Probe raises host of legal questions

January 25, 1998|By LYLE DENNISTON

Whitewater special prosecutor Kenneth W. Starr's investigation of President Clinton covers allegations that Clinton lied under oath about an affair with a young White House intern and urged her to also lie about it if asked.

Specifically, according to sources, Clinton stated in his deposition in the Paula Corbin Jones sexual misconduct case that he never had a sexual relationship with the former intern, Monica Lewinsky. Starr is trying to determine whether the president lied in saying so and whether he instructed Lewinsky to lie in her deposition.

Starr's investigation raises a host of legal questions. The Sun's legal reporter Lyle Denniston supplies some answers.

If Starr concludes that the allegations against Clinton are probably true, what crimes might have occurred?

Perjury; encouraging someone else to commit perjury; obstruction of justice; tampering with a witness.

Would the president be charged with any crimes for any sexual activity with Lewinsky?

Starr does not appear to be investigating that aspect. He is trying to determine whether there was a Clinton-Lewinsky sexual relationship, but only as background for other charges.

Is Clinton being investigated for any other allegations of extramarital sexual activity, before or since he became president?

Starr says he is not doing so.

How might Clinton have committed perjury in the Lewinsky case?

Perjury is a crime if someone lies under oath. The claim is that Clinton may have testified falsely under oath this month during questioning in the Jones civil case.

Clinton is reported to have denied in that testimony that he had a sexual relationship with Lewinsky. Would Starr find that enough for a perjury charge if he did find that Clinton lied?

Justice Department prosecutors seldom seek charges for testifying falsely in civil cases, and Starr is required to follow the department's normal prosecution standards.

Might there still be a charge of perjury against Clinton?

There could be, if in questioning under oath by Starr, Clinton repeated his denial of an affair and Starr determines that there had been an affair.

Could Starr seek charges on the other crimes -- such as obstruction of justice -- without charging perjury?

Yes.

Clinton's confidant and personal adviser Vernon Jordan has also been accused of encouraging Lewinsky to lie. What legal risk does he face?

The same risk of criminal prosecution as Clinton. Jordan has been subpoenaed to appear before a grand jury.

Has Clinton been subpoenaed?

Not yet. No president has ever been required to appear before a grand jury as a potential defendant. Starr presumably would not do so, but he may seek to question Clinton under oath himself.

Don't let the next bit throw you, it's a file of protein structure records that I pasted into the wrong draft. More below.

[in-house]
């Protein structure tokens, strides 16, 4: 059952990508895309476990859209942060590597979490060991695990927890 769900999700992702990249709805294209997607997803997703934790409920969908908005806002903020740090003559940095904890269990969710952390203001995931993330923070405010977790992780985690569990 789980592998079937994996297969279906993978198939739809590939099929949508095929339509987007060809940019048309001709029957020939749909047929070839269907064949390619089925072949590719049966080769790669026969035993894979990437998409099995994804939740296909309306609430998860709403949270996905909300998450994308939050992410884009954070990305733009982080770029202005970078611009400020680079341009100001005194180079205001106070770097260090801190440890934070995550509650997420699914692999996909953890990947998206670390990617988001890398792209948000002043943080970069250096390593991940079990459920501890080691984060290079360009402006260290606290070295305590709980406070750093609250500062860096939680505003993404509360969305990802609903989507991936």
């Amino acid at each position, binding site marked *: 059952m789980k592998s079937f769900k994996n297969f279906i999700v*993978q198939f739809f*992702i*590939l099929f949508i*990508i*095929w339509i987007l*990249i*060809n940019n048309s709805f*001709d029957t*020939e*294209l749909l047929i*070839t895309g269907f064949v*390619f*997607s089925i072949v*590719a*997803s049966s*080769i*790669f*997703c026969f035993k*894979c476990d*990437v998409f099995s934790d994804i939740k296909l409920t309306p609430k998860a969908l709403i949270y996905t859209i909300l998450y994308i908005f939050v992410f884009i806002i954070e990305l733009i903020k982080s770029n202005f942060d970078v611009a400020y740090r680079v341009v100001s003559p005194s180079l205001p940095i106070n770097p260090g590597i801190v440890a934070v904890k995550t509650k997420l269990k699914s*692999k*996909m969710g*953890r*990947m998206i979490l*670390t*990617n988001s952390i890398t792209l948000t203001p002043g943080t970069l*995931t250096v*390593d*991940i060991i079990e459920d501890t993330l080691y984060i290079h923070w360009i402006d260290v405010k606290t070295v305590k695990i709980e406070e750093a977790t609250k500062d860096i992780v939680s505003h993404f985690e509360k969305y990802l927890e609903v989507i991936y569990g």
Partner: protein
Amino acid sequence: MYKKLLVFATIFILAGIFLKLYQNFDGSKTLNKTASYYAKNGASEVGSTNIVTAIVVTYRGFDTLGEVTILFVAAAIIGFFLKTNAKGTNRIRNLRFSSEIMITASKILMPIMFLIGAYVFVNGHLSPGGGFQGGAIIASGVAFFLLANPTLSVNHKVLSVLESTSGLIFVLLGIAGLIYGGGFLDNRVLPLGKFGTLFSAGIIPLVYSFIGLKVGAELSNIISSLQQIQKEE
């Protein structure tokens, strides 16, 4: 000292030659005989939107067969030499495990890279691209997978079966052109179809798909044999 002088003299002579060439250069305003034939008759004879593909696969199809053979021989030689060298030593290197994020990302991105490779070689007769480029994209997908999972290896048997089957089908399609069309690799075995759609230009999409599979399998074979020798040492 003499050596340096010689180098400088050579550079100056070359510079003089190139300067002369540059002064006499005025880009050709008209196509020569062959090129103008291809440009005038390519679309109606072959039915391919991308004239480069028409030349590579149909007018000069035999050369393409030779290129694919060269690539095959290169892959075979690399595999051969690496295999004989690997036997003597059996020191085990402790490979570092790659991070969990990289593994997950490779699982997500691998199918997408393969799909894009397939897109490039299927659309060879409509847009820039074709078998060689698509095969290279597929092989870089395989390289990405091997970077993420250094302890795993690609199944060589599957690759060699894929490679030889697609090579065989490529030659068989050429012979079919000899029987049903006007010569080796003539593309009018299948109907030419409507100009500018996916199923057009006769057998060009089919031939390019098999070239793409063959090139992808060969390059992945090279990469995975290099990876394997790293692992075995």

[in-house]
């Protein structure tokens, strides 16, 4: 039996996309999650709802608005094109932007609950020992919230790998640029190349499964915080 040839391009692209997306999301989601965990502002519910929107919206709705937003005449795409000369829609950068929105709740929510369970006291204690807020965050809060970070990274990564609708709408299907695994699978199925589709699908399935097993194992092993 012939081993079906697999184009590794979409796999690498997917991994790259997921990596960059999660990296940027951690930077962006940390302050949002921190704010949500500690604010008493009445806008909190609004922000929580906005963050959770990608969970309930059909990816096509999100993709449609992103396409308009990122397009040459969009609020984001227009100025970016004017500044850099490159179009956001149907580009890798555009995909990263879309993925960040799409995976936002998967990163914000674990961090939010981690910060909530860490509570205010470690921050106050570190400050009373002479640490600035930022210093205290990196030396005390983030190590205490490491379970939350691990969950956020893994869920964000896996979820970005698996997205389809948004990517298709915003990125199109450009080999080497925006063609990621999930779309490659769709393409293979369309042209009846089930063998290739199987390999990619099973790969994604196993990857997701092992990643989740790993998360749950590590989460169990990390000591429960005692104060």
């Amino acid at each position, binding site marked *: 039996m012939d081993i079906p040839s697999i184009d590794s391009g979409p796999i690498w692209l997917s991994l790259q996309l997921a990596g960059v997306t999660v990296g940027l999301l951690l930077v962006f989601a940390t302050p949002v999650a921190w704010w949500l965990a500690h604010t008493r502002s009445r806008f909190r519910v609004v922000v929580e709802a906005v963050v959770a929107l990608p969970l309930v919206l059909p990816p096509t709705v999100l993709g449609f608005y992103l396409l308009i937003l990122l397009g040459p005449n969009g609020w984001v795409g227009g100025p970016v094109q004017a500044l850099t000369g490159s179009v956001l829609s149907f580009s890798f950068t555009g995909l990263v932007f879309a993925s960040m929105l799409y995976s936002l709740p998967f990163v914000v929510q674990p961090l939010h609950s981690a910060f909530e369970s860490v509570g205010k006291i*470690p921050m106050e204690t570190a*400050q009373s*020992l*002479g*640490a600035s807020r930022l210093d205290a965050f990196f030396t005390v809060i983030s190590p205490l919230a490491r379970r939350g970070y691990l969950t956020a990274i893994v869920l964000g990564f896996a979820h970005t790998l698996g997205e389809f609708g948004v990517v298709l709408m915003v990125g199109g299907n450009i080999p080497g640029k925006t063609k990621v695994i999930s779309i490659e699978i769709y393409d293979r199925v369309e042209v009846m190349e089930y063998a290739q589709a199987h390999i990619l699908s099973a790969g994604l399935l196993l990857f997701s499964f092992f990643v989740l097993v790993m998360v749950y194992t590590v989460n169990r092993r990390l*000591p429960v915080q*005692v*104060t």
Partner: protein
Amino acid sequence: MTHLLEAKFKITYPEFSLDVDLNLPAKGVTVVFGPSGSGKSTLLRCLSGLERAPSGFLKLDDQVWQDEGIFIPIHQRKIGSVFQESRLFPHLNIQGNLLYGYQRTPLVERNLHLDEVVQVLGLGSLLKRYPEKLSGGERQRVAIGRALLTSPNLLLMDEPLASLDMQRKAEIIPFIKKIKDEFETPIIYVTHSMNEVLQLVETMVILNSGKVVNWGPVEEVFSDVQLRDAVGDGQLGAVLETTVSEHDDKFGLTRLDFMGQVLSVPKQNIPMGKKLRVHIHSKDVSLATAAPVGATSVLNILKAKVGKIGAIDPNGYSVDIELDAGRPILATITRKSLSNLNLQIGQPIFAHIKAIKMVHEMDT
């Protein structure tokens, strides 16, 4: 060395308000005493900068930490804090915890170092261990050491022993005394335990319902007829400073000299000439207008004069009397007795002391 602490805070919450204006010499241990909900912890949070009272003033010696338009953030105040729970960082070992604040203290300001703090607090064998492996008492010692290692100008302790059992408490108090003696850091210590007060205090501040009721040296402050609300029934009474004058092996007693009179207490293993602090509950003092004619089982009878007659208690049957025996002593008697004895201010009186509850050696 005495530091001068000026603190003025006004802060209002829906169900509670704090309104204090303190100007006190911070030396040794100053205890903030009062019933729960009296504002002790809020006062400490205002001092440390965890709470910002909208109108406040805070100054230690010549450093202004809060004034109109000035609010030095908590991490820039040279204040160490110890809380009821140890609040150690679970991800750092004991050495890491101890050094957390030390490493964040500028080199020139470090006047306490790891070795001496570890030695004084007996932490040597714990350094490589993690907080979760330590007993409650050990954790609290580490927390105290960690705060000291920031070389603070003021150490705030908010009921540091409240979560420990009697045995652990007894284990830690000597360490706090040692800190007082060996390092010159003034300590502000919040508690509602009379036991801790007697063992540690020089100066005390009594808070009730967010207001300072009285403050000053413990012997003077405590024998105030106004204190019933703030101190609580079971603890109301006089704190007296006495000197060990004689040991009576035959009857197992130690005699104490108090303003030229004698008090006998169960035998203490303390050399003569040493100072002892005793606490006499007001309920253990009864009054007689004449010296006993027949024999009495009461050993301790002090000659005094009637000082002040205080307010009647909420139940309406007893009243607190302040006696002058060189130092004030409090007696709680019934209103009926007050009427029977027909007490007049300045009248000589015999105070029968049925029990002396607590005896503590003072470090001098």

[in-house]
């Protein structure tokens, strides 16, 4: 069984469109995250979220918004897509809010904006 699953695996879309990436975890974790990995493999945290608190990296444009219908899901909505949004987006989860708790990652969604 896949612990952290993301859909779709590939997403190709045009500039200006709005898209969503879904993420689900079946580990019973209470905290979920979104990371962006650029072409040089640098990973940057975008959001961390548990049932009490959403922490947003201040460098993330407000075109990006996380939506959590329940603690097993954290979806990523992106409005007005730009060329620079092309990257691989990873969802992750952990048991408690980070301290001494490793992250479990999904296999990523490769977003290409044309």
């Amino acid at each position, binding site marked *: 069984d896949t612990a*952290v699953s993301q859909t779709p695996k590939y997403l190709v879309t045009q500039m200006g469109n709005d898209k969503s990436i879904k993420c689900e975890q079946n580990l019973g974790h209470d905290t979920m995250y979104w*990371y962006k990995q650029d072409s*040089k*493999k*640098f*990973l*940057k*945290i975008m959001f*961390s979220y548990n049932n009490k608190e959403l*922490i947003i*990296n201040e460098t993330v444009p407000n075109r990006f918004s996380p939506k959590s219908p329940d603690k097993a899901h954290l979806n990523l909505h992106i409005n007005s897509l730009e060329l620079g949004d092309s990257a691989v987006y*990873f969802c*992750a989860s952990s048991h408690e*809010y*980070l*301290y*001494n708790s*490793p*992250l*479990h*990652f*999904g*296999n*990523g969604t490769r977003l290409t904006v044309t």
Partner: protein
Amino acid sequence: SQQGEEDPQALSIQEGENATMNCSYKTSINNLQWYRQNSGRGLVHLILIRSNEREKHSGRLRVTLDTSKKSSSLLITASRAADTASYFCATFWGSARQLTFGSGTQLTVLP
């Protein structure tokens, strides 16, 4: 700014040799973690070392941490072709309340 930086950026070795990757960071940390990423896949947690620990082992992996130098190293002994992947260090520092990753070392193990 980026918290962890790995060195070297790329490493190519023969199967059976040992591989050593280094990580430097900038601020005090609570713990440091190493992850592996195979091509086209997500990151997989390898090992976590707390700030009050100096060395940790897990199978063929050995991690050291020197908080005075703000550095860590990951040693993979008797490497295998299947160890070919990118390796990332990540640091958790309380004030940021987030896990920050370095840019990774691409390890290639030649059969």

Could the president plead the Fifth Amendment and refuse to testify on grounds that what he said could incriminate himself?

He certainly could. But the political risk of doing so would probably be too great.

What kind of evidence does Starr have for a charge of encouraging perjury, obstruction of justice or witness tampering, and what more evidence would he need?

Starr has possession of recorded phone conversations alleging, sources say, that Clinton and Jordan urged Lewinsky to lie about a sexual relationship with the president. Starr can also put Linda R. Tripp, a former White House aide, before a grand jury and ask her to repeat what Lewinsky said in those conversations. In addition, Starr has tapes of Lewinsky's conversations with Tripp while Tripp was wearing a hidden recording device.

Starr is also gathering documents, testimony and physical evidence -- including gifts Clinton gave Lewinsky -- to show there was a sexual relationship between them. His case would be strengthened if Lewinsky, under oath, stated that there was a sexual relationship and that Clinton urged her to lie about it under oath.

Lewinsky signed an affidavit this month in the Paula Jones case denying that there was a sexual relationship. Why would Lewinsky now say the opposite?

If Starr convinces her that he knew there was a relationship and threatens to prosecute her for lying in the affidavit, he could ask a federal judge to grant Lewinsky immunity from perjury charges in return for her testifying against Clinton.

Is a grant of immunity a normal way for prosecutors to get evidence?

It is common. Judges almost always approve requests by prosecutors.

Have Starr, his staff and the FBI, in investigating the case to this point, done anything improper?

Lewinsky's lawyer has accused the investigators of "squeezing" her through pressure tactics, including prolonged aggressive questioning of her outside the presence of a lawyer. Starr has denied that accusation.

If Lewinsky is granted immunity from prosecution, how far would it extend?

It depends upon what her lawyer could negotiate. Conceivably, she could be insulated from any charges whatsoever. Or she might have immunity only from having the specific testimony she gives used against her in a trial.

Baltimore Sun Articles
|
|
|
Please note the green-lined linked article text has been applied commercially without any involvement from our newsroom editors, reporters or any other editorial staff.